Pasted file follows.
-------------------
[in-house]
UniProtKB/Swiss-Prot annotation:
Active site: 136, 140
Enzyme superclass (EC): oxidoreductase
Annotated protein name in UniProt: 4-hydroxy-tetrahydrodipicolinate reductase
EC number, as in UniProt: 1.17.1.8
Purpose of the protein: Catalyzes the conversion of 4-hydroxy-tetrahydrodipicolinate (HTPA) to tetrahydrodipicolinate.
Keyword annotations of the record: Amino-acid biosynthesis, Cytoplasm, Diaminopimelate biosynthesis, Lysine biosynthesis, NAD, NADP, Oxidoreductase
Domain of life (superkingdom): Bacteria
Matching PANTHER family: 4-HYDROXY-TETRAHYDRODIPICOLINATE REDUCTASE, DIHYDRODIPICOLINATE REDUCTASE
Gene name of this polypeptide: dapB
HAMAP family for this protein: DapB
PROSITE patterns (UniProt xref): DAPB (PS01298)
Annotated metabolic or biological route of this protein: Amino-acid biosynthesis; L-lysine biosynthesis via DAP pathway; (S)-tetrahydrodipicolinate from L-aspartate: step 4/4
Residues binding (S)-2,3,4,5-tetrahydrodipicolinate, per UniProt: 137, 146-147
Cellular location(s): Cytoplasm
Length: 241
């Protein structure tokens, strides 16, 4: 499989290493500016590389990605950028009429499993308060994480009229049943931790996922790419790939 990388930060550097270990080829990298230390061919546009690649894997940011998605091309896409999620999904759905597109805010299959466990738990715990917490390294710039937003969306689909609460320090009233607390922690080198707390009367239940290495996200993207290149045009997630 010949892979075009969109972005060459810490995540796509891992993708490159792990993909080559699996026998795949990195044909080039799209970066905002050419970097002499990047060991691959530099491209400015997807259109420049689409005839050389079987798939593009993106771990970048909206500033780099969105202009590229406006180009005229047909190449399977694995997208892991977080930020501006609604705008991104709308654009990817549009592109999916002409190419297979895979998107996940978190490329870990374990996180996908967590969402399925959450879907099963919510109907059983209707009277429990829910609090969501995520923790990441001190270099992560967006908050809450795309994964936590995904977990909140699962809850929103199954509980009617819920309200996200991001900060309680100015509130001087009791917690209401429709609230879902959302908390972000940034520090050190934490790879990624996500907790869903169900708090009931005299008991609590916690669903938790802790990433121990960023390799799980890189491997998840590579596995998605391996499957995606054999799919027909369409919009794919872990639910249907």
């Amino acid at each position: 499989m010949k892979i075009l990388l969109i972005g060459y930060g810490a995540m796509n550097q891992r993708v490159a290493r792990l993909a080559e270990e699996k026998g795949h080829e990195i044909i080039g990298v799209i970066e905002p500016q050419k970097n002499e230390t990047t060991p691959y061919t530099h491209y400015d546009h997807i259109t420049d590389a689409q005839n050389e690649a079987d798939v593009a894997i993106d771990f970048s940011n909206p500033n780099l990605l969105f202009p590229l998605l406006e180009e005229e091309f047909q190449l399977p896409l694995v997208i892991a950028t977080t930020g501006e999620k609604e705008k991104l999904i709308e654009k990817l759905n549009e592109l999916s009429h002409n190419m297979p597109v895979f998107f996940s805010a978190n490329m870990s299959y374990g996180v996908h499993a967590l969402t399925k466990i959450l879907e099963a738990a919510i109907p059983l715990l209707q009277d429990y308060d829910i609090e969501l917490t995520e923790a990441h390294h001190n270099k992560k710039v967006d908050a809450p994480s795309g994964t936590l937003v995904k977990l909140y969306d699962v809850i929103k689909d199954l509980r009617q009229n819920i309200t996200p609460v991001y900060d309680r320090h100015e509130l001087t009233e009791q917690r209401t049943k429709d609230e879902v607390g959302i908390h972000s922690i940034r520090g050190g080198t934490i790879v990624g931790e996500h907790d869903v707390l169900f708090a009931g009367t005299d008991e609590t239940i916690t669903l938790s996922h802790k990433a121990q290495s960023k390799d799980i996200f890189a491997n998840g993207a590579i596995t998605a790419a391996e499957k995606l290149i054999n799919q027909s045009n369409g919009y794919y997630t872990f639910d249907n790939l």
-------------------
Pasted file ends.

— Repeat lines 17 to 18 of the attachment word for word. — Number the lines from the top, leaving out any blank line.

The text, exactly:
Length: 241
């Protein structure tokens, strides 16, 4: 499989290493500016590389990605950028009429499993308060994480009229049943931790996922790419790939 990388930060550097270990080829990298230390061919546009690649894997940011998605091309896409999620999904759905597109805010299959466990738990715990917490390294710039937003969306689909609460320090009233607390922690080198707390009367239940290495996200993207290149045009997630 010949892979075009969109972005060459810490995540796509891992993708490159792990993909080559699996026998795949990195044909080039799209970066905002050419970097002499990047060991691959530099491209400015997807259109420049689409005839050389079987798939593009993106771990970048909206500033780099969105202009590229406006180009005229047909190449399977694995997208892991977080930020501006609604705008991104709308654009990817549009592109999916002409190419297979895979998107996940978190490329870990374990996180996908967590969402399925959450879907099963919510109907059983209707009277429990829910609090969501995520923790990441001190270099992560967006908050809450795309994964936590995904977990909140699962809850929103199954509980009617819920309200996200991001900060309680100015509130001087009791917690209401429709609230879902959302908390972000940034520090050190934490790879990624996500907790869903169900708090009931005299008991609590916690669903938790802790990433121990960023390799799980890189491997998840590579596995998605391996499957995606054999799919027909369409919009794919872990639910249907």